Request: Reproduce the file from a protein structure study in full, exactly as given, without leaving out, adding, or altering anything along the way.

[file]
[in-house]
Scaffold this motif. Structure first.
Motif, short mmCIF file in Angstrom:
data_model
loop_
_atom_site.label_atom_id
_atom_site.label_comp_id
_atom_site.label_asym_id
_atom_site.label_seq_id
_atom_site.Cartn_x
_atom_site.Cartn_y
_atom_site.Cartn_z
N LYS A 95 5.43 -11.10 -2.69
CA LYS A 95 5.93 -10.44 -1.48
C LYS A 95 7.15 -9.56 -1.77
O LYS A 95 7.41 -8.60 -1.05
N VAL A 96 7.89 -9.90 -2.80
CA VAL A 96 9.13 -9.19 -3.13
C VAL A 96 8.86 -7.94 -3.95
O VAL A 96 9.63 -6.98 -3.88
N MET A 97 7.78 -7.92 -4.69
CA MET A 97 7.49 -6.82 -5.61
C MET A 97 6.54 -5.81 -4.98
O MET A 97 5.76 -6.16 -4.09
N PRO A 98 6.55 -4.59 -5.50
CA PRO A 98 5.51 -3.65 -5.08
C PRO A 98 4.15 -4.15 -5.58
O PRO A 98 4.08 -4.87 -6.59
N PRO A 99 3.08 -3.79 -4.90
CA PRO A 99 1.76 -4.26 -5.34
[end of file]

[in-house]
Scaffold this motif. Structure first.
Motif, short mmCIF file in Angstrom:
data_model
loop_
_atom_site.label_atom_id
_atom_site.label_comp_id
_atom_site.label_asym_id
_atom_site.label_seq_id
_atom_site.Cartn_x
_atom_site.Cartn_y
_atom_site.Cartn_z
N LYS A 95 5.43 -11.10 -2.69
CA LYS A 95 5.93 -10.44 -1.48
C LYS A 95 7.15 -9.56 -1.77
O LYS A 95 7.41 -8.60 -1.05
N VAL A 96 7.89 -9.90 -2.80
CA VAL A 96 9.13 -9.19 -3.13
C VAL A 96 8.86 -7.94 -3.95
O VAL A 96 9.63 -6.98 -3.88
N MET A 97 7.78 -7.92 -4.69
CA MET A 97 7.49 -6.82 -5.61
C MET A 97 6.54 -5.81 -4.98
O MET A 97 5.76 -6.16 -4.09
N PRO A 98 6.55 -4.59 -5.50
CA PRO A 98 5.51 -3.65 -5.08
C PRO A 98 4.15 -4.15 -5.58
O PRO A 98 4.08 -4.87 -6.59
N PRO A 99 3.08 -3.79 -4.90
CA PRO A 99 1.76 -4.26 -5.34